The Untouchable Eliot Ness
Eliot Ness. Source: (npr.org)
If asked to list the most famous gangsters of all time, most people would unhesitatingly begin with the name “Al Capone.” However, if asked who was responsible for putting Capone behind bars, only some of them would give the credit to Eliot Ness, though most recognize him as the head of the famous task force, nicknamed The Untouchables, which was tasked with bringing the gangster to justice.
Eliot Ness was born in Chicago, Illinois, on April 19, 1903, and was the youngest of five children born to Norwegian immigrants, Peter Ness, and Emma King. He attended Christian Fenger High School before moving on to the University of Chicago, where he studied commerce, law, and political science. He graduated in 1925 and was in the top third of his class. His first job after college was as an investigator for the Retail Credit Company of Atlanta, where he was in charge of credit and background checks. He later returned to the University to earn a master’s degree in criminology.
In 1927, Ness became an agent with the Chicago branch of the U.S. Treasury Department. The following year, he began working with the Prohibition Bureau of the Justice Department. Bootlegging had become a multi-million dollar business for Chicago’s gangsters and U.S. Treasury Secretary Andrew Mellon had been charged with bringing down Al Capone, both for bootlegging and income tax evasion. Ness was brought in to lead the task force assigned to the investigation. That task force would eventually become known as The Untouchables after Capone tried and failed to pay them off.
The team’s strategy was to cut off Capone’s income flow by raiding his breweries while at the same time gathering evidence of his illegal activities. They used a combination of wire-tapping, surveillance, and anonymous tips to uncover the locations of the breweries. Ness even went so far as to tip off the press before many of the raids to publicize the success of their efforts. Capone retaliated by increasing security and having the agents and their families followed. After one of the more damaging raids, one of Ness’s close friends was murdered; however, this only increased Ness’s determination.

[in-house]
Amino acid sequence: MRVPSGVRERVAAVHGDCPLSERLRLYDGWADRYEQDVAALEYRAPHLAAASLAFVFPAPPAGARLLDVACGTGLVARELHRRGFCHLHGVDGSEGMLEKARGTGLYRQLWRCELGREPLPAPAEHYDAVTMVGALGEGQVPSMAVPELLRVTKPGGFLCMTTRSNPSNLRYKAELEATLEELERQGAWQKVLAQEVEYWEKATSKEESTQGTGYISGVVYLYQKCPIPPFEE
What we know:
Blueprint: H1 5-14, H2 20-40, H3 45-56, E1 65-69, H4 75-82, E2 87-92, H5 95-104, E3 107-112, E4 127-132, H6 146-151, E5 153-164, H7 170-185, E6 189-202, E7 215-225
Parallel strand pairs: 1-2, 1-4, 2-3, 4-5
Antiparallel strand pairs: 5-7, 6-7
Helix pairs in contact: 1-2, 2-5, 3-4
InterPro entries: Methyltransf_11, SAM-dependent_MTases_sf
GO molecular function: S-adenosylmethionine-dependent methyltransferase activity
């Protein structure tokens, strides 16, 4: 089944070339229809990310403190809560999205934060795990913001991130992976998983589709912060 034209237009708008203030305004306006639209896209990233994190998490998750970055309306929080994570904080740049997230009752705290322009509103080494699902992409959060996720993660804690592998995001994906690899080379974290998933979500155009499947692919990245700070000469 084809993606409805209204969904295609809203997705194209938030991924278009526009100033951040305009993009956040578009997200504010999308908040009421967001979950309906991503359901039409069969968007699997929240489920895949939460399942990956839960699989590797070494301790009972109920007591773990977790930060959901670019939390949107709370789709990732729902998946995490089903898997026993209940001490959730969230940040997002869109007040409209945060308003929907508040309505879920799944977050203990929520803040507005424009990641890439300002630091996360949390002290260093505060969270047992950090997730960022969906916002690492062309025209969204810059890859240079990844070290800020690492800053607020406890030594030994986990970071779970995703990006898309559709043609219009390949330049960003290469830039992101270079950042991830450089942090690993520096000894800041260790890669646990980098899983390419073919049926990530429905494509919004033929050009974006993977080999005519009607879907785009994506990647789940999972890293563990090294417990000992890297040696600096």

In the end, however, it was not bootlegging, but tax evasion for which Capone was taken down. Thanks to Ness’s efforts as well as research conducted under U.S. Attorney George E. Q. Johnson and IRS agent Frank Wilson, Capone was charged with 22 counts of tax evasion and 5,000 violations of the Volstead Act, which was enacted to enforce Prohibition. On October 17, 1931, Capone was convicted on five charges of tax evasions and the other charges, including the Volstead Act violations, were dropped. He was sentenced to 11 years in prison.
After Capone’s conviction, the task force was dissolved and Ness moved on to become the chief investigator of the Chicago Prohibition Bureau until the end of the Prohibition in 1933. In 1934, he was transferred to Cleveland, Ohio, where he was in charge of cleaning up corruption, forcing 200 corrupt police officers to resign and bringing 15 officials to trial. He also improved traffic control in Cleveland by establishing a separate court dedicated to traffic cases and cracking down on drunk driving by establishing a procedure for immediate examination of drivers suspect to be intoxicated. Due to his efforts, the annual number of traffic-related deaths was cut in half by 1939.
However, it was also in Cleveland that Ness’s reputation began to decline. This was due in large part to actions committed during his investigation of the Cleveland Torso Murders, in which a serial killer dismembered his victims. Suspecting the killer to be hiding among the homeless, Ness had a large shantytown evacuated and burned. Things only got worse for Ness from there and he began drinking and fell into debt. His involvement in an alcohol-related car accident further damaged his reputation. He was divorced twice and married a third time. On May 16, 1957, at the age of 54, he suffered a massive heart attack and died at his home in Coudersport, Pennsylvania. He was survived by his third wife, Elisabeth Anderson Seaver and his adopted son, Robert.
Tags: eliot ness | gangster | the untouchables
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